I’ve had an “inside spaces” board on Pinterest forever. The board is full of settings that inspire me and places I’d recreate in a heartbeat if I had an unlimited budget. However, in my day-to-day life, I consistently found myself drawn to certain spaces in friends’ homes or certain spots of my favorite restaurants that looked nothing like my Pinterest-formed ideal. It took me the longest time to put my finger on why I felt so comfortable in these less-than-perfect spaces. Eventually, it dawned on me, my favorite places are the ones in which I feel safe. OBVIOUSLY. It’s similar to the concept of feng shui, right? People want to feel comfortable and safe. My grandpa refers to this as the Cozy Corner Principle. Everyone needs a corner where they don’t feel threatened or overwhelmed. I think those are the spaces where creativity thrives. Maybe, cultivating your “cozy corner” involves a certain color scheme, or soft light, or curves or PILLOWS!!

As I mentioned earlier, creating a safe space is as much about what you don’t put in as what you do put in. For example, I’ve thought a lot about putting a large clock or calendar in my room, because I like how clocks look, but the passing of time makes me feel anxious and not creative. Instead, I have one small, analog clock on my desk. It feels un-intimidating and safe, but it’s still functional.

Clutter does not make me feel safe, so my room is generally neat and organized (in fact, tidying up is usually a part of my nightly routine. I can’t even sleep if my room is too messy!). Maybe this isn’t the case for you though! If you’re a “beauty in the chaos” type, don’t waste your time organizing! Seriously, just because people you follow post photos of a spotless room doesn’t mean yours should be that way. Your space is for YOU. Do whatever makes you feel comfortable and safe. In a similar vein, I love functional design, so rather than put (even more) photos all over my walls (eek, clutter…) I’ll opt for something like a chair or a picture frame to represent a person or a season of my life.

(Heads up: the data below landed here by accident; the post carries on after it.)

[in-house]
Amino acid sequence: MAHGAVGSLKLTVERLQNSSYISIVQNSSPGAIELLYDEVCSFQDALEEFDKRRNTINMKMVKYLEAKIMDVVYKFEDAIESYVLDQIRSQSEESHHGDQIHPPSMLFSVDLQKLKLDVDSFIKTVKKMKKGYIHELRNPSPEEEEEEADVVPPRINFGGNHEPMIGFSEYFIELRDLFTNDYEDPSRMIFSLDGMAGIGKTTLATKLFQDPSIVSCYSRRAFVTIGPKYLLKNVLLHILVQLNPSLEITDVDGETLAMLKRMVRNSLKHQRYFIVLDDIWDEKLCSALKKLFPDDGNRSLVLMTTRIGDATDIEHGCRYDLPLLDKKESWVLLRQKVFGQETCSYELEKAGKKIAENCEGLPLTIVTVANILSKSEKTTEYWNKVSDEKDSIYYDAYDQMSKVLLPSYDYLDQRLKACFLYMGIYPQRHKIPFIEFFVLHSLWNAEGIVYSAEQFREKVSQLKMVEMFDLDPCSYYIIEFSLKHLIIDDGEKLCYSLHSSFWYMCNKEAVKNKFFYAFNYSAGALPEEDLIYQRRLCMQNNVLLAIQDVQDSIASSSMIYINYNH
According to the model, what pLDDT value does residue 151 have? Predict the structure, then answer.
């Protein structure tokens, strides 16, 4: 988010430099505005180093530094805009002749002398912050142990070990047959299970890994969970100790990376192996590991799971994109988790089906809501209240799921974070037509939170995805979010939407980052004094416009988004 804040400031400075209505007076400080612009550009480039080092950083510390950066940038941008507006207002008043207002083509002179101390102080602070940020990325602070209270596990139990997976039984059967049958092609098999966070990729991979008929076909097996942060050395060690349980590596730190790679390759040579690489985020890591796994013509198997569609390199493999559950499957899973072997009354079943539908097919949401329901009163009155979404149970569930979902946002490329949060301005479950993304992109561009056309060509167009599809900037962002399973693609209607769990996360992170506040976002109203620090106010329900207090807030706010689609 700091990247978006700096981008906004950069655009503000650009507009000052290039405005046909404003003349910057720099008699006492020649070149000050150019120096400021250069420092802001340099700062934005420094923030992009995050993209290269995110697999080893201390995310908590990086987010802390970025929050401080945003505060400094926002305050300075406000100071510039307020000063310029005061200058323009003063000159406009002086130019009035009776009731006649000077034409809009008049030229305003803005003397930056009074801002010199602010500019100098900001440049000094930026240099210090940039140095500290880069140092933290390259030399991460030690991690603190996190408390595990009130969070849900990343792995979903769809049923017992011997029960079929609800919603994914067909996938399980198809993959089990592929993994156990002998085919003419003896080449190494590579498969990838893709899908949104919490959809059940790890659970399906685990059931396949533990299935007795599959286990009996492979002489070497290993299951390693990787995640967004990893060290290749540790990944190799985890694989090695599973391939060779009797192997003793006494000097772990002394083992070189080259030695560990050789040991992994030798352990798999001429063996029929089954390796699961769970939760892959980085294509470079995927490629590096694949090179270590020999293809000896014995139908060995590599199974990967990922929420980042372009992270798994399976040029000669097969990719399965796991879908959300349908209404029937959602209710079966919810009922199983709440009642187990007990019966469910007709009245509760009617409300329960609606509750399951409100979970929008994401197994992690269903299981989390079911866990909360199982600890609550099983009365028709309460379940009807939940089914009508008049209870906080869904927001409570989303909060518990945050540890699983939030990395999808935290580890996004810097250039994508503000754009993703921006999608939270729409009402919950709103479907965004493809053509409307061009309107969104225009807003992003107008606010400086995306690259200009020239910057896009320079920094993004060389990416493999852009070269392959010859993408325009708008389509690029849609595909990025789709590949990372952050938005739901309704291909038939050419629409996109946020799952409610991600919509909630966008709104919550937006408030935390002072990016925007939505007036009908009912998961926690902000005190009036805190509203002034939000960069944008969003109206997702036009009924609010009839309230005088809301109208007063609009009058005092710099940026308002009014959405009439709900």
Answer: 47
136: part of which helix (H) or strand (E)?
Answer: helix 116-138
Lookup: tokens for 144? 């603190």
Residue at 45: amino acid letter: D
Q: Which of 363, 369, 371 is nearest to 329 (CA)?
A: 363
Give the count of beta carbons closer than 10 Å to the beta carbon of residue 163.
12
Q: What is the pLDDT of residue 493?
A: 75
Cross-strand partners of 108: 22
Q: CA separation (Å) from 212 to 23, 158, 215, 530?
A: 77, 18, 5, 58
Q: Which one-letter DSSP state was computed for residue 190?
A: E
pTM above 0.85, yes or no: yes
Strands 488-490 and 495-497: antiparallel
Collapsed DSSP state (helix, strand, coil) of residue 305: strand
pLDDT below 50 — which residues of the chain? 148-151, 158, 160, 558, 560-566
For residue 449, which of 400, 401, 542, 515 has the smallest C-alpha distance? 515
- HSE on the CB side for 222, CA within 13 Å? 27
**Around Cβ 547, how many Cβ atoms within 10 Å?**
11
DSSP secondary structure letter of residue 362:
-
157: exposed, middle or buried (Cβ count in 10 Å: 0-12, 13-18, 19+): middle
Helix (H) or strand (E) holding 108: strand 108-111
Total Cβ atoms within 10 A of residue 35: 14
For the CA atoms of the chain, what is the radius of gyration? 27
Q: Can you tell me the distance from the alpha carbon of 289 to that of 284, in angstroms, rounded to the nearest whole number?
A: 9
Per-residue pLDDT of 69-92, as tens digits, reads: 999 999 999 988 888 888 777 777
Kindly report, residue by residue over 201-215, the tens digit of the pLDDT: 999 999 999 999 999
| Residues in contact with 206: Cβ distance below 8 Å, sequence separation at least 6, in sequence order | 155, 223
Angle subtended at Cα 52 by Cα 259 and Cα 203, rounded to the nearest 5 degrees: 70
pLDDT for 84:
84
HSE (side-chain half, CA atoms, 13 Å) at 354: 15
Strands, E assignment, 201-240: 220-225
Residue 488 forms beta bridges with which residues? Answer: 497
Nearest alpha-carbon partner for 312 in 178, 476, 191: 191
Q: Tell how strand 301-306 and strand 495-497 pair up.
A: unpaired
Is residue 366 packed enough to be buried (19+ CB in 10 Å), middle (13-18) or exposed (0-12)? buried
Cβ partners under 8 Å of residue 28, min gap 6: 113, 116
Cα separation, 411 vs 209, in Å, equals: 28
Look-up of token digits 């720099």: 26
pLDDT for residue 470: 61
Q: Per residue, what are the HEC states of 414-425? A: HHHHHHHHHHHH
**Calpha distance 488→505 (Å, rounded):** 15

4. Embrace other mediums

I’ll keep this last one short since it may not apply to everyone, but I am often recharged creatively by doing things other than editing photos and videos, which is what I do for work. If I had a larger space of my own, I’d put a woodworking table and tools in a corner! After a day of staring at a computer screen, I love coming home to work with my hands and build things! Unfortunately, I have to keep the woodworking out in my backyard, for now, so instead, I put coffee brewing equipment on my desk! Making a good cup of coffee each morning provides another art form for me to practice (in 5-minute increments) that gets me away from a computer screen and helps center me. I also have drawing supplies and typography books on my desk because I like pen and ink! 🙂

So there you have it! Four things I’ve learned as I’ve begun intentionally developing my personal creative space. Hopefully some of these ideas are helpful! If you have any thoughts or suggestions, I’d love to hear them! Feel free to leave me a comment down below! Thanks, and good luck with your space!

My room. See if you can spot all the things I referenced in this post!

  • Geoff Ludlow

    Brilliant, Ryan. Even your writing style is uncluttered. 🙂 Safe space equals the room in which you can be fully yourself and known and accepted (and loved). Even if you happen to be the only one in there. It’s where we live from. A reflection of our heart space. Taking the time and giving it the attention it deserves serves us so well. Thanks for this.